The term superfood has gotten thrown around quite a bit lately, but what does it actually mean? What does it take for a food to be considered super?
Despite the fact that the term probably makes you picture your cauliflower wearing a cape and being the hero of your dinner, there are no true nutritional requirements for a food to be labeled a superfood. Superfoods are not their own food group and there is no baseline requirement of nutritional balance for a food to be considered a superfood.
The term superfood refers to any food that is nutritionally dense, provides health benefits when eaten and are packed with nutrients. It’s also a marketing term created to tout that food’s health benefits and to make it more appealing to the general population.
When you hear “superfood,” you should think “this is probably a nutritionally-dense food,” but like any other food, you should always do your own research to understand what makes that particular food “super.”
Many of the foods that typically fall under the superfood label are plant-based, high in vitamins and antioxidants and provide significant health benefits compared to other foods, all of which are highly beneficial to your body. However, keep in mind that someone labeled this food a superfood because they believe that food is worthy of the label, not because it met any type of nutritional requirements.
Below are some of the top super-healthy foods that are often called called superfoods and how they earned the “super” status.
We all know that kale is packed with fiber, but did you know that it has more iron per ounce than beef? Typically, the darker the green, the more nutritional benefits kale has so opt for the darkest green kale you can find to reap the incredible nutritional benefits.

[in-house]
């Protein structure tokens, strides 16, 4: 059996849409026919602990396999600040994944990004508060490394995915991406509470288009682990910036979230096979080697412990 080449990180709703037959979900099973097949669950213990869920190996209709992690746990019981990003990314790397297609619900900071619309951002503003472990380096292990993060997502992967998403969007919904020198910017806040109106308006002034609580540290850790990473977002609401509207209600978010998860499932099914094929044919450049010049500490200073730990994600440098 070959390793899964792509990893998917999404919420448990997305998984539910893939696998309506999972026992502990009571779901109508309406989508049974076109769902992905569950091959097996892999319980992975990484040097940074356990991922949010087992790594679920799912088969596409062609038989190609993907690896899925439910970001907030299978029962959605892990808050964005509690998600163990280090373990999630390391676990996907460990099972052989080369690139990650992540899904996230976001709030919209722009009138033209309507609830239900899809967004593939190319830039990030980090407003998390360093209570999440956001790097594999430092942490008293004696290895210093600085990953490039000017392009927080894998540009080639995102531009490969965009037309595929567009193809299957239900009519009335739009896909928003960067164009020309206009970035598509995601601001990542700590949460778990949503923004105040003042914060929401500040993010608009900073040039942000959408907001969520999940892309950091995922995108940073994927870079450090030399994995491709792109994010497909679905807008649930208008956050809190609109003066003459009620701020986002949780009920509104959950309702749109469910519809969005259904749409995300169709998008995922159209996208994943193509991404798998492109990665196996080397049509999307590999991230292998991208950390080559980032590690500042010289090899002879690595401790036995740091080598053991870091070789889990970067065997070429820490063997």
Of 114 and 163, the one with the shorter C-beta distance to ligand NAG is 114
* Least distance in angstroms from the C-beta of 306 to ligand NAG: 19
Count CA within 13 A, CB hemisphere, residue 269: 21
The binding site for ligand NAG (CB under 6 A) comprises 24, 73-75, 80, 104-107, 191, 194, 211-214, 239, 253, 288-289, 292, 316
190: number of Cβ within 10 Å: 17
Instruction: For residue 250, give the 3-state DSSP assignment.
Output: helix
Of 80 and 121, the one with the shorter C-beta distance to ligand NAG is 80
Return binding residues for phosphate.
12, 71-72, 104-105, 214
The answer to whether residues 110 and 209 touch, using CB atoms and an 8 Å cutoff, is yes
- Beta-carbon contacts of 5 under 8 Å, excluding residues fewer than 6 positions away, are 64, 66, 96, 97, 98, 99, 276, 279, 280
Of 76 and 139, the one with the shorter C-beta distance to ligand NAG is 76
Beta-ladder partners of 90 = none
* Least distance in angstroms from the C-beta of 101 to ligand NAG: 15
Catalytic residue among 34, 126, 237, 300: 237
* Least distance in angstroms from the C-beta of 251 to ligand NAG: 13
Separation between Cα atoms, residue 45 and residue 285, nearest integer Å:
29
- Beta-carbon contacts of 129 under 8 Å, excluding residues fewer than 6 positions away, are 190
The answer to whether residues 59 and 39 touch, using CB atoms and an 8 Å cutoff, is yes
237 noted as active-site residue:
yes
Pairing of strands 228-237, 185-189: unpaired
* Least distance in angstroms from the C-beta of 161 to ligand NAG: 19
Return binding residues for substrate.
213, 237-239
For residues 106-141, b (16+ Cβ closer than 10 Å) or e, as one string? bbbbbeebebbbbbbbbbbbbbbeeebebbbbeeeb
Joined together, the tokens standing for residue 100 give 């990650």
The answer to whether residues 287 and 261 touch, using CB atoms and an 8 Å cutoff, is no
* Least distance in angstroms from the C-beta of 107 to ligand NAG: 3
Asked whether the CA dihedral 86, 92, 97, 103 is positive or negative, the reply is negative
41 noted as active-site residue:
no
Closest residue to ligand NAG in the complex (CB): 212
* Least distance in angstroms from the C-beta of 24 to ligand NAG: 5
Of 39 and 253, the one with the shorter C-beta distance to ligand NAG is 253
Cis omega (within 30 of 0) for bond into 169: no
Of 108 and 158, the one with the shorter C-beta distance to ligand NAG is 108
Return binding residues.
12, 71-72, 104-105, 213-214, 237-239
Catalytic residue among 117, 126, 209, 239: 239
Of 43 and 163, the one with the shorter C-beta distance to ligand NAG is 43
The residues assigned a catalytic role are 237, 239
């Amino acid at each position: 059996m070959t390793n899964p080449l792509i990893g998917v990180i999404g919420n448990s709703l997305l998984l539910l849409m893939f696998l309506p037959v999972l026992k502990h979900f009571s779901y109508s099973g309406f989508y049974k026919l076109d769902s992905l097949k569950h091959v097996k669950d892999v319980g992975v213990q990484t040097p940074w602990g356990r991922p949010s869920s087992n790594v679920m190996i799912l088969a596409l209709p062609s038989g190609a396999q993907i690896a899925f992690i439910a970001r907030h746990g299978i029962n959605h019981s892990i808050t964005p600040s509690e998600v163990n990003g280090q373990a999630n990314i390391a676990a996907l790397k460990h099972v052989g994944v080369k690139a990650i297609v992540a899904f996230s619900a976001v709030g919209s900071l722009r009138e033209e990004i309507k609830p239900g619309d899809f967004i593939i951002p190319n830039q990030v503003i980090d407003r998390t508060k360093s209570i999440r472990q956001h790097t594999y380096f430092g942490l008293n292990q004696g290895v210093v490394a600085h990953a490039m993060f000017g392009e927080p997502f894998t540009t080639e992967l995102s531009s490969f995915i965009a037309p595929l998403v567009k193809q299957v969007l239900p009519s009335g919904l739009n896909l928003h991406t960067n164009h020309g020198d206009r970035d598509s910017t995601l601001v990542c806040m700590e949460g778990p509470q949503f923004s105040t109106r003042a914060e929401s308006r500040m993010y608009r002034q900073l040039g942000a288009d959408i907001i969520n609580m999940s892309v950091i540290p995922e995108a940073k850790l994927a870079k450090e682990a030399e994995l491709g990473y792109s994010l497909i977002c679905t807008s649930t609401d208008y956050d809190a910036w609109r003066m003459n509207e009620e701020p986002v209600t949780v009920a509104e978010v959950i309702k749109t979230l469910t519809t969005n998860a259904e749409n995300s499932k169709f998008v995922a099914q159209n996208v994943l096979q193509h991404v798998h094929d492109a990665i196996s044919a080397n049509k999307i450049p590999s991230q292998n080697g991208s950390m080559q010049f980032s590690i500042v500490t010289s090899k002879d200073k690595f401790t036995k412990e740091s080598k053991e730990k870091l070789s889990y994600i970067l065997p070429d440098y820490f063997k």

Packed with healthy fats and omega 3s, salmon is among the top of the list of healthiest non-plant based superfoods. Omega 3’s support a healthy heart and brain and should be eaten regularly.
Blueberries are one of the most nutritionally-dense foods on the planet. They are packed with antioxidants, potassium and vitamin C. Because of this, they can lower your risk of heart disease and and cancer.
You probably know acai as a smoothie booster or as the purple base of your Instagramable acai bowl, but you probably didn’t know that the acai berry contains more antioxidants, fiber and fat than most other berries. Despite its sweetness, it’s low in sugar and has major anti-aging benefits.
Pomegranate seeds are a less commonly eaten superfood, but pack a serious nutritional punch. Pomegranate helps prevent cancer and provides immune and fertility support.
Understanding that these superfoods are labeled as such without meeting a specific criteria, meals made with ingredients like these are still an excellent starting point in creating a diet that packs more nutritional punch with each serving.
To plan out a week’s worth of superfood-infused dishes, start here:
- One-pan salmon, blueberry and brussel sprout dinner from Cotter Crunch
The next time you see something labeled as a superfood, you can assume that the food offers some serious health benefits and will make for a great meal star to your meal. However, keep in mind there is nothing required of the food to earn the label. Like anything else you consume, research its nutritional content, where it came from and any health benefits it may offer. Then, you can decide for yourself if you consider that food a superfood.